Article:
Nestled in the valley of the Little Pigeon River's West Fork and surrounded on three sides by the majestic National Park, Gatlinburg has evolved from a rural hamlet to a thriving gateway community.
Settled in the early 1800s, it was first named White Oak Flats for the abundant native white oak trees covering the landscape. It is believed a middle-aged widow, Martha Jane Huskey Ogle, was the first official settler here. She came with her family to start a new life in what her late-husband described as a "Land of Paradise" in East Tennessee.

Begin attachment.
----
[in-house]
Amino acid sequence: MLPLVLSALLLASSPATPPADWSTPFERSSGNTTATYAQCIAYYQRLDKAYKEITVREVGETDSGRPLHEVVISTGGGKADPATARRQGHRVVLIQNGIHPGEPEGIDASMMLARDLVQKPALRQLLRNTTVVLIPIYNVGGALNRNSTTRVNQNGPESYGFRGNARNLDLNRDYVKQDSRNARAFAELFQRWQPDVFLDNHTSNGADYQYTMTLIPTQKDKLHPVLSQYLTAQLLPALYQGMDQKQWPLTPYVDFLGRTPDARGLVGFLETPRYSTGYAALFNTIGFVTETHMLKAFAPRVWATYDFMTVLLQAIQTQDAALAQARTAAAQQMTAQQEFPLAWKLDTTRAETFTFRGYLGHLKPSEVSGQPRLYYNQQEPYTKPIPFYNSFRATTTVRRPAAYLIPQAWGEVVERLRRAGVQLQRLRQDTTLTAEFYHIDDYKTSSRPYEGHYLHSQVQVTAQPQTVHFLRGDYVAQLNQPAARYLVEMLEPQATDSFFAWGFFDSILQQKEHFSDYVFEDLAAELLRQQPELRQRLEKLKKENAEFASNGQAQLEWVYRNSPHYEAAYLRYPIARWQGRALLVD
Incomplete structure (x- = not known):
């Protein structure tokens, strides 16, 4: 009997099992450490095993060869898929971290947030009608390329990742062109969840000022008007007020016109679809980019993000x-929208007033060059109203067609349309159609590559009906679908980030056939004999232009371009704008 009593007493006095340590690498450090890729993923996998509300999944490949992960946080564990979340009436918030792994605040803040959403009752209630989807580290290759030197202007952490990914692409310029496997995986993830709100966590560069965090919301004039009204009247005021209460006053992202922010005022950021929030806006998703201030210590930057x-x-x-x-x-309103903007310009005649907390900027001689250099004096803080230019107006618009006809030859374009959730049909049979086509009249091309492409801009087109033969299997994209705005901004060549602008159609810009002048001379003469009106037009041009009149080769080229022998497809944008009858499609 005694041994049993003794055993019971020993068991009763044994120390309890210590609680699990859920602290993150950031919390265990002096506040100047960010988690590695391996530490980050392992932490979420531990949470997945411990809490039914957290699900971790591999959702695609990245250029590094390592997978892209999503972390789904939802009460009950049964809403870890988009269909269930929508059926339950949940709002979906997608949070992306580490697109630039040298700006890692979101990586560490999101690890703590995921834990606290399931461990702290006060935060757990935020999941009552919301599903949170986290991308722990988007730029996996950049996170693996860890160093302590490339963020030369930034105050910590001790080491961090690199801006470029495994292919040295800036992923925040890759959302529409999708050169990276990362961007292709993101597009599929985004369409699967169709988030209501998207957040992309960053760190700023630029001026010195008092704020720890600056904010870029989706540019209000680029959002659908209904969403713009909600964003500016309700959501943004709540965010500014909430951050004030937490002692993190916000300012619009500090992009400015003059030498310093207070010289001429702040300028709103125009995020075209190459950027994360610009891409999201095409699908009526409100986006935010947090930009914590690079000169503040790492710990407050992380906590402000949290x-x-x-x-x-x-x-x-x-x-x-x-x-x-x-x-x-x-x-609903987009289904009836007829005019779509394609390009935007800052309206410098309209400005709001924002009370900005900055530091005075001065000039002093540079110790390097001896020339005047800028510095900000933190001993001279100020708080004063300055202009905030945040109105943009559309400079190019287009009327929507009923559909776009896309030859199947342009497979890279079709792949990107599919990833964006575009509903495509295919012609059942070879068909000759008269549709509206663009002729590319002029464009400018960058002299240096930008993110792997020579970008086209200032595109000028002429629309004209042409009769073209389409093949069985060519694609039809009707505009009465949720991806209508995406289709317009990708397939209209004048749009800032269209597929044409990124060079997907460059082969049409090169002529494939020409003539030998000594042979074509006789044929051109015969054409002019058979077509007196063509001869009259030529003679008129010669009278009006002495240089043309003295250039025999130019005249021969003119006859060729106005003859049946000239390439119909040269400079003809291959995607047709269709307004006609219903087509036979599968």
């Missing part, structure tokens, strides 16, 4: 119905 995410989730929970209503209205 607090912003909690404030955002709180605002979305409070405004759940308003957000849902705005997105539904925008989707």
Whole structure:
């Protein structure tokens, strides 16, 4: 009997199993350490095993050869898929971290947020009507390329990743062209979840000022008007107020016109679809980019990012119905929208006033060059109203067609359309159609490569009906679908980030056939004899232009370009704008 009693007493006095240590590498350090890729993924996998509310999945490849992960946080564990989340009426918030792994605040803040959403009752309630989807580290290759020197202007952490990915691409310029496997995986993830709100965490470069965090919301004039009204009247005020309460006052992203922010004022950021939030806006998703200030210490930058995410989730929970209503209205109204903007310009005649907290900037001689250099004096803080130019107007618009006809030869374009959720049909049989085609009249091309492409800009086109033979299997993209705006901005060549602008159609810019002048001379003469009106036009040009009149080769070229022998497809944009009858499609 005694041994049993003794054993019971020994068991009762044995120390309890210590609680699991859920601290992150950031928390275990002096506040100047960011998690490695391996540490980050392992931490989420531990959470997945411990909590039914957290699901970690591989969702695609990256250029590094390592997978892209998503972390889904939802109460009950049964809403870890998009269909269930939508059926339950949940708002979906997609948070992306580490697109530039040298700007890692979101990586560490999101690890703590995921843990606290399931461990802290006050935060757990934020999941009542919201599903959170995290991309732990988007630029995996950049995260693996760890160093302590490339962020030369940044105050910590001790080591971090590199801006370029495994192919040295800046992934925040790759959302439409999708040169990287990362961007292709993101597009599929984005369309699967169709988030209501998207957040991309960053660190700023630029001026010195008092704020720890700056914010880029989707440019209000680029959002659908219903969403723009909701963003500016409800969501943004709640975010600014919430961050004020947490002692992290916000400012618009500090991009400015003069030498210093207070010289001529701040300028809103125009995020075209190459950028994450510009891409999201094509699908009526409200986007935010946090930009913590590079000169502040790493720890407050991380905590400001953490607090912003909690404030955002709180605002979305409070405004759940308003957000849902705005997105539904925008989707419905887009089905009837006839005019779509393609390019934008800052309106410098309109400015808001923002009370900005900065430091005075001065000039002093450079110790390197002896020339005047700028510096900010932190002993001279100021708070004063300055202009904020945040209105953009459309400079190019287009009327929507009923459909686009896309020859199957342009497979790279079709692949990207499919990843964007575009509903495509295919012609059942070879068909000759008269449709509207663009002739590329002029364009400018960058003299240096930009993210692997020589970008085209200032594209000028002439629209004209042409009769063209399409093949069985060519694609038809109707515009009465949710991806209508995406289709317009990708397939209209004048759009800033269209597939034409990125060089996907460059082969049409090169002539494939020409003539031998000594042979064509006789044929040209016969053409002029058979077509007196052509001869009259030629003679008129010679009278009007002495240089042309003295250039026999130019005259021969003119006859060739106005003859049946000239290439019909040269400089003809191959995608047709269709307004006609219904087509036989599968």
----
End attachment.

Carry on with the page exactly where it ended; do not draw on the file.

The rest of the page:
In 1854, Radford C. Gatlin arrived in White Oak Flats and opened the village's second general store. Controversy soon surrounded him and was eventually banished from the community. However, the city still bears his name.
As a self-sustaining community, Gatlinburg changed little in the first one hundred years. When the Civil War erupted, some locals joined the Union, others the Confederacy. But, in general, the mountain people tried to remain neutral. Although only one Civil War skirmish was fought in Gatlinburg, countless raids were made by both sides to gather vital resources needed to sustain the war effort. As with much of the South, deprivation and hardship persisted long after the war.